On Friday Netflix launched the new Spike Lee film Da 5 Bloods. With the show landing in Netflix’s Top 10 around the world, it most likely means this is Spike Lee’s biggest opening weekend.
Considering the current cultural moment, this is the absolute perfect time for a Spike Lee movie to debut on a platform as big as Netflix - is Da 5 Bloods finally the moment where Spike Lee’s style has become mainstream?
I wasn’t wild about the film - watching it I thought it was good, but not great. Since watching it on Saturday night, it hasn’t been far from my thoughts… marinating away. This film is a grower.
After watching Da 5 Bloods, you might be curious about this great glossary explaining the politics, people, and movies referenced in Da 5 Bloods: New York Times
Also, the film may leave you in the mood to rewatch Apocalypse Now. Might I suggest watching Francis Ford Coppola’s most recent edit of the movie Apocalypse Now: Final Cut. It is THE version of the film to watch - the film has never looked or sounded better, plus it removes a lot of the flab featured in his early 00s Redux recut of the film. It’s incredible.
WarnerMedia has announced that they will do what it should have done before launching new streamer HBO Max: Tidy up the litany of HBO streaming brands that are causing marketplace confusion.
The joke over the weekend from US media critics was that HBO have tidied this up in the most confusing way possible. It’s actually pretty straight forward.
HBO Go - This is the app subscribers to HBO cable TV get access to. It will no longer be made available at the end of July. HBO Go users will be migrated over to HBO Max.
HBO Now - This is the app that anyone could subscribe to so they could get HBO online. This app will now just be called HBO and will continue as usual.
Can you believe that The Floor Is Lava is a real show and not just a Quibi show? It debuts June 19.
And speaking of Quibi shows… a short-form version of 60 Minutes has debuted on Quibi. It’s called 60 in 6.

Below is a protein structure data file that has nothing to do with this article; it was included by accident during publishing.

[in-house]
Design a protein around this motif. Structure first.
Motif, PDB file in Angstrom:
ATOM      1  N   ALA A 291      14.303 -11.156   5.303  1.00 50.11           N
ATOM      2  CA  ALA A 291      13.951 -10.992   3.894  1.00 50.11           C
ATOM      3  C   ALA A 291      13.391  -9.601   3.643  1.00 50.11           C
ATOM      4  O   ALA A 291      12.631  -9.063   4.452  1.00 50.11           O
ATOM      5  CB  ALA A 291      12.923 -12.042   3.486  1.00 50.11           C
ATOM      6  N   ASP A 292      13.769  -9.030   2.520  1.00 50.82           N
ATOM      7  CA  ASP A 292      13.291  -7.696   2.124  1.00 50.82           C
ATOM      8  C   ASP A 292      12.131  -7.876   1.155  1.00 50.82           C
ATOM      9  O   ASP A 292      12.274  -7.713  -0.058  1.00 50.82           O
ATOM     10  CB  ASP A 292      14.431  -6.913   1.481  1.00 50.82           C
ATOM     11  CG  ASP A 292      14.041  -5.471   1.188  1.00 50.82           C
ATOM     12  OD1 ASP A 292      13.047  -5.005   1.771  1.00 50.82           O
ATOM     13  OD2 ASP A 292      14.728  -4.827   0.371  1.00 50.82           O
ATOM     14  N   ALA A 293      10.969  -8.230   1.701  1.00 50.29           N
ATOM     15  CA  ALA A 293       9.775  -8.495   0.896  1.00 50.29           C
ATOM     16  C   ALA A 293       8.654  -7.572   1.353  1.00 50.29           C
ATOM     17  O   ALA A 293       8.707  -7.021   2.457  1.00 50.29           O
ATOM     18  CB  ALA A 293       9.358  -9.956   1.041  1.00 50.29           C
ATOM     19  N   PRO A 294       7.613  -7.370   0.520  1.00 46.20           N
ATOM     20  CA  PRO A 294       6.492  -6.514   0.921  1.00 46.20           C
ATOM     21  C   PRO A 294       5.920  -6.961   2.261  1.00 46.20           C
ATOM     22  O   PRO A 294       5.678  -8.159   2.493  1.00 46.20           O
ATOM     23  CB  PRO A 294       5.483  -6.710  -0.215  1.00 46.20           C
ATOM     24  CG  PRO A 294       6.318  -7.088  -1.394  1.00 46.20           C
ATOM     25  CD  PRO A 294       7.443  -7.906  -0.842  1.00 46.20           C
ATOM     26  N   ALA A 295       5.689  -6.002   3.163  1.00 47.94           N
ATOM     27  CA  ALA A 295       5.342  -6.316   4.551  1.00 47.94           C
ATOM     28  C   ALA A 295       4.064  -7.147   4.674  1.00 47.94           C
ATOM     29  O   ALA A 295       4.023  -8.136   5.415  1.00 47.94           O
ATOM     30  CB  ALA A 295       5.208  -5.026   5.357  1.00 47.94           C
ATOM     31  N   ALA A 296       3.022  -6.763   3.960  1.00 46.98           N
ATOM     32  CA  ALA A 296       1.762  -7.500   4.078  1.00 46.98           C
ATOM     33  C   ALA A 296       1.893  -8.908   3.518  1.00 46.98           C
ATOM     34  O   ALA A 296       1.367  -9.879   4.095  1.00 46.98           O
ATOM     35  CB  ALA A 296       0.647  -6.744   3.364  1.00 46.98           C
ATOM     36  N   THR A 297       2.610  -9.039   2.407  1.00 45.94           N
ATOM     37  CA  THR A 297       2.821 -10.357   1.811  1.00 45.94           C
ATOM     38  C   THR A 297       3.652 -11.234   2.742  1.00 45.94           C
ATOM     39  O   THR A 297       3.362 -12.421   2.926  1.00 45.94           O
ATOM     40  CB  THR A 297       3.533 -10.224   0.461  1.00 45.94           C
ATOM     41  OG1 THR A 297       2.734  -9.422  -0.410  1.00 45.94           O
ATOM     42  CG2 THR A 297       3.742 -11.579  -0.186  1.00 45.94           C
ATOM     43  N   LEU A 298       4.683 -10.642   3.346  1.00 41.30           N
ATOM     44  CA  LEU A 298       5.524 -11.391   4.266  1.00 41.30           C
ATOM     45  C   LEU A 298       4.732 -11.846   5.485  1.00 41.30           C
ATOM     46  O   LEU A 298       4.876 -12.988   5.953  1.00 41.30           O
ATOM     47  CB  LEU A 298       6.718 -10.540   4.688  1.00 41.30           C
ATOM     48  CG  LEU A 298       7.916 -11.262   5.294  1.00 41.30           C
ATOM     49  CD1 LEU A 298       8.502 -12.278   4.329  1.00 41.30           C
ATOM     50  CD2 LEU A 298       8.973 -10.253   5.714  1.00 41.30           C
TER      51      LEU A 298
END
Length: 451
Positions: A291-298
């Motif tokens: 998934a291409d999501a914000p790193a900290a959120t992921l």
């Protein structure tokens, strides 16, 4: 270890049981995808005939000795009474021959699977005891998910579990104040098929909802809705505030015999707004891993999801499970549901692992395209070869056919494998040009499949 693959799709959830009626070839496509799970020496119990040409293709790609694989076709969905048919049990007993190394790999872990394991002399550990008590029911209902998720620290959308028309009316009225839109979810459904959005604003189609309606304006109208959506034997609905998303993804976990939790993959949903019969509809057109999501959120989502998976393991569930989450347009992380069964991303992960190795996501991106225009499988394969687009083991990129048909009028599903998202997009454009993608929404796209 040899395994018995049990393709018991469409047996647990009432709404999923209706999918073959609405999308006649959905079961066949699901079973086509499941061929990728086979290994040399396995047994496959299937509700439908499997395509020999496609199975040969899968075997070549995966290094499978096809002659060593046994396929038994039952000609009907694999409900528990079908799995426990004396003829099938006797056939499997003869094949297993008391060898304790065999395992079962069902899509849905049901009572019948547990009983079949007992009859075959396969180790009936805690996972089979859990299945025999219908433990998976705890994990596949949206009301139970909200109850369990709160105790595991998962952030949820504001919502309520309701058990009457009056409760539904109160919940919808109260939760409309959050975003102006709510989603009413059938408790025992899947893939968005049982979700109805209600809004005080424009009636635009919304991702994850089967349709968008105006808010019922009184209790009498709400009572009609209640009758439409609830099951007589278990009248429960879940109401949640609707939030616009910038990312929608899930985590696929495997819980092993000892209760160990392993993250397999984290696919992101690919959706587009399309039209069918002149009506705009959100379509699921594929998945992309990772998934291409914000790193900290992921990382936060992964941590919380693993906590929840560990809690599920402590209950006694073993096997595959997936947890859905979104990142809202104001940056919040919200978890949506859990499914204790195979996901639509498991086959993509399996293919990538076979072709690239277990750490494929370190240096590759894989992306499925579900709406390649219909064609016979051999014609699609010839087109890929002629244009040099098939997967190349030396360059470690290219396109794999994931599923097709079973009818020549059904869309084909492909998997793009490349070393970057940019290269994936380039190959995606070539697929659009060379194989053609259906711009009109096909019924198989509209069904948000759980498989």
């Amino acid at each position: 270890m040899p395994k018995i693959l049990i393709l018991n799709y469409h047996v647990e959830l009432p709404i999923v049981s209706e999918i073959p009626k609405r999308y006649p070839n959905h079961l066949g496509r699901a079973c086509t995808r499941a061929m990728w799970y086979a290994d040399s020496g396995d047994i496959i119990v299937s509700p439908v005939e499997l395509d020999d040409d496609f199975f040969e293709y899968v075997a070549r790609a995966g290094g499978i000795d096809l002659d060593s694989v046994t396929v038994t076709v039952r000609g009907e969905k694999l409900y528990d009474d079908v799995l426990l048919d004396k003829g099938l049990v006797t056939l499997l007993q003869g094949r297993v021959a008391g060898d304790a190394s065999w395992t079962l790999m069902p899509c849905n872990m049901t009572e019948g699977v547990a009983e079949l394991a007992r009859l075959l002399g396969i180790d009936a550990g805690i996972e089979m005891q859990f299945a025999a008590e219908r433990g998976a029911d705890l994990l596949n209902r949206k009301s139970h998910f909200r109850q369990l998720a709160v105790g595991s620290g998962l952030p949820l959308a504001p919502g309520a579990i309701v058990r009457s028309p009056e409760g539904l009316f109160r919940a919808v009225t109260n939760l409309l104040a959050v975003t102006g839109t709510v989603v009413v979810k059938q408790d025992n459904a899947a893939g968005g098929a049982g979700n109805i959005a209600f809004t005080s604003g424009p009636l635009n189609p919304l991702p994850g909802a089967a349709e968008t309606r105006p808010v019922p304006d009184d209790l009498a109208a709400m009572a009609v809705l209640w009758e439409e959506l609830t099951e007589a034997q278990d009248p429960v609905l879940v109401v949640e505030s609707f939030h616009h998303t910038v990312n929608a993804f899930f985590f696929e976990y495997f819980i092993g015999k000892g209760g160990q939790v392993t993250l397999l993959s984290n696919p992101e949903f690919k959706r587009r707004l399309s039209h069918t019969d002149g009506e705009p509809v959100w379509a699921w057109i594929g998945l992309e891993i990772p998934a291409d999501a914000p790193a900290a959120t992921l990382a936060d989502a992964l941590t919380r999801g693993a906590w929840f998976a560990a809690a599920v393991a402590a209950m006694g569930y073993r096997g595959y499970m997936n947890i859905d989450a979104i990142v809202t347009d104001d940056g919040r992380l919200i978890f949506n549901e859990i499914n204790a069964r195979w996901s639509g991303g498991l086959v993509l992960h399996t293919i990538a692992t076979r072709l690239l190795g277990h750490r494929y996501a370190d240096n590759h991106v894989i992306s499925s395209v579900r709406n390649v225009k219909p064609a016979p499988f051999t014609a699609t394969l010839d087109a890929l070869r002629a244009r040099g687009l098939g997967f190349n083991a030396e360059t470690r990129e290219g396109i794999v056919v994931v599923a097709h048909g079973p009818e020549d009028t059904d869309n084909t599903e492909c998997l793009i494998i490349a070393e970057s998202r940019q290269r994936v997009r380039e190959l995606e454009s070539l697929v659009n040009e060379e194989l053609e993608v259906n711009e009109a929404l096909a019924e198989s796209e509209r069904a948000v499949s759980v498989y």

Why not just call it 60 - it’s no less confusing a title.
Also, look at those hosts - don’t they all just look so modern and with it? *cough*
If you were a boy in the 1980s, you might want to relive your childhood by way of the Hasbro YouTube channel. Along with a scattered collection of episodes of the 1983 animated show GI Joe: An American Hero, Hasbro have a YouTube live feed that does nothing but stream episodes of the TV show:
Sometimes a person gets so obsessed with finding out if they can create a real world version of Lee Carvallo’s Putting Challenge that they don’t consider if they should.
You can now play the game that Simpsons fans had previously only dreamed of at Aaron Demeter’s website.
It’s funny - Netflix isn’t bound by the same restrictions that US broadcast TV and basic cable channels are, but it still doesn’t let its TV shows and movies get too sexy. Nudity is mostly kept to a minimum and we haven’t really seen the streamer commission or buy many erotic thrillers.
But there’s clearly a demand for it as the release of steamy Netflix original film 365 Days has shown. The film spurted to the top of the Netflix charts.
Cinematographer Bartek Cierlica spoke to Indiewire about the film (that has been largely ripped apart by critics):
“We didn’t want to create porn, but at the same time, we wanted to do justice to the book that is pretty full of very intimate and passionate sex descriptions,” he said. “I knew that as a DP I was walking on very thin ice. It is always a big challenge when you have to bring to life a story that people know and have their idea about. Here the challenge was doubled — how to make it seductive and erotic within the borders of general good taste and my aesthetic.”
In a similar vein, editor Jeffrey McHale has cut together a documentary about the cult rise of the film Showgirls.
I didn’t shoot a single frame of video for this. I was inspired by films like Room 237 and Los Angeles Plays Itself. I thought those were really interesting ways of making films now, with the use of fair use and with commentary. I thought there was something there that I could do on my own, without needing anybody else, and if it didn’t work out, that would be it.
Read more: Collider
I was a bit distracted for a lot of last week and missed that Dave Chappelle released a short (just under 30 mins) comedy special on YouTube. It was produced by Netflix, where Chappelle has a deal.
It’s interesting that Netflix released this to YouTube instead of its own platform. Is it that YouTube is viewed as a more disposable platform where a time-dependent special can be released, whereas Netflix is a library of content in perpetuity?
It appears YouTube is the place to be for stand-up comedy specials. Hannibal Buress has a special debuting on July 3.